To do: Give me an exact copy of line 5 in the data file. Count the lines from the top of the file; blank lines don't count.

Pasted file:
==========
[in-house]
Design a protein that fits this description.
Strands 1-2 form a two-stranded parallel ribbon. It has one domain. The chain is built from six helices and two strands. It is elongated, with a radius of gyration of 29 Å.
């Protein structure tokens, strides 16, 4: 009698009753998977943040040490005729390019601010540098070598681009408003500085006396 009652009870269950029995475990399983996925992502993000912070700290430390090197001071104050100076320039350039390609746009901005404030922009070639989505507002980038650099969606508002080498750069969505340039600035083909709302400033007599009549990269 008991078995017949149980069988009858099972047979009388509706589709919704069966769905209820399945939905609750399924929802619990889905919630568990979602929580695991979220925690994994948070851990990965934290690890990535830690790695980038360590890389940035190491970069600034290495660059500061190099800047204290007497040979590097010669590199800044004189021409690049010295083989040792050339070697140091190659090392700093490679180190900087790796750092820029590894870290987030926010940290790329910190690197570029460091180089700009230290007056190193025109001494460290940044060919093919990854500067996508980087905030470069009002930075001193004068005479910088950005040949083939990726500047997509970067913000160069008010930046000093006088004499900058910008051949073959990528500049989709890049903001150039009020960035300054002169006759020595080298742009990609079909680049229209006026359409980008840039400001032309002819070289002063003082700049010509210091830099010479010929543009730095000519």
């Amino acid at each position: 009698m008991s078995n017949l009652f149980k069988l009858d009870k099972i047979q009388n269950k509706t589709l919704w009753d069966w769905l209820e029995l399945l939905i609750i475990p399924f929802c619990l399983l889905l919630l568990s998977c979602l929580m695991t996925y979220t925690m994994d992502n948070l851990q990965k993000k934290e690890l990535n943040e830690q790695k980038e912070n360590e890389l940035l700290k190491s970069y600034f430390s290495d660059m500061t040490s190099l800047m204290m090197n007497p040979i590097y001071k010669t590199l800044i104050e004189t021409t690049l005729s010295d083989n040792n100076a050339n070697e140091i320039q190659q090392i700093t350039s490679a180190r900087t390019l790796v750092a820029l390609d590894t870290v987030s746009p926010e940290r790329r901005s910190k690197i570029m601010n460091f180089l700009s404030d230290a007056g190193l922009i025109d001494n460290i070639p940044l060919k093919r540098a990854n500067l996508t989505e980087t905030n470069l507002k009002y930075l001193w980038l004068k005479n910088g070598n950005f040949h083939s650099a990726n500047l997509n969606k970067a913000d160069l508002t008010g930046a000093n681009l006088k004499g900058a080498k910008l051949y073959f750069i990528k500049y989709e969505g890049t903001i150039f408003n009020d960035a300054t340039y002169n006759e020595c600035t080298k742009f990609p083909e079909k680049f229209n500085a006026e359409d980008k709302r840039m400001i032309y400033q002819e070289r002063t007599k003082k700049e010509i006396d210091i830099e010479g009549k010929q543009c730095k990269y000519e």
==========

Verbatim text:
């Amino acid at each position: 009698m008991s078995n017949l009652f149980k069988l009858d009870k099972i047979q009388n269950k509706t589709l919704w009753d069966w769905l209820e029995l399945l939905i609750i475990p399924f929802c619990l399983l889905l919630l568990s998977c979602l929580m695991t996925y979220t925690m994994d992502n948070l851990q990965k993000k934290e690890l990535n943040e830690q790695k980038e912070n360590e890389l940035l700290k190491s970069y600034f430390s290495d660059m500061t040490s190099l800047m204290m090197n007497p040979i590097y001071k010669t590199l800044i104050e004189t021409t690049l005729s010295d083989n040792n100076a050339n070697e140091i320039q190659q090392i700093t350039s490679a180190r900087t390019l790796v750092a820029l390609d590894t870290v987030s746009p926010e940290r790329r901005s910190k690197i570029m601010n460091f180089l700009s404030d230290a007056g190193l922009i025109d001494n460290i070639p940044l060919k093919r540098a990854n500067l996508t989505e980087t905030n470069l507002k009002y930075l001193w980038l004068k005479n910088g070598n950005f040949h083939s650099a990726n500047l997509n969606k970067a913000d160069l508002t008010g930046a000093n681009l006088k004499g900058a080498k910008l051949y073959f750069i990528k500049y989709e969505g890049t903001i150039f408003n009020d960035a300054t340039y002169n006759e020595c600035t080298k742009f990609p083909e079909k680049f229209n500085a006026e359409d980008k709302r840039m400001i032309y400033q002819e070289r002063t007599k003082k700049e010509i006396d210091i830099e010479g009549k010929q543009c730095k990269y000519e």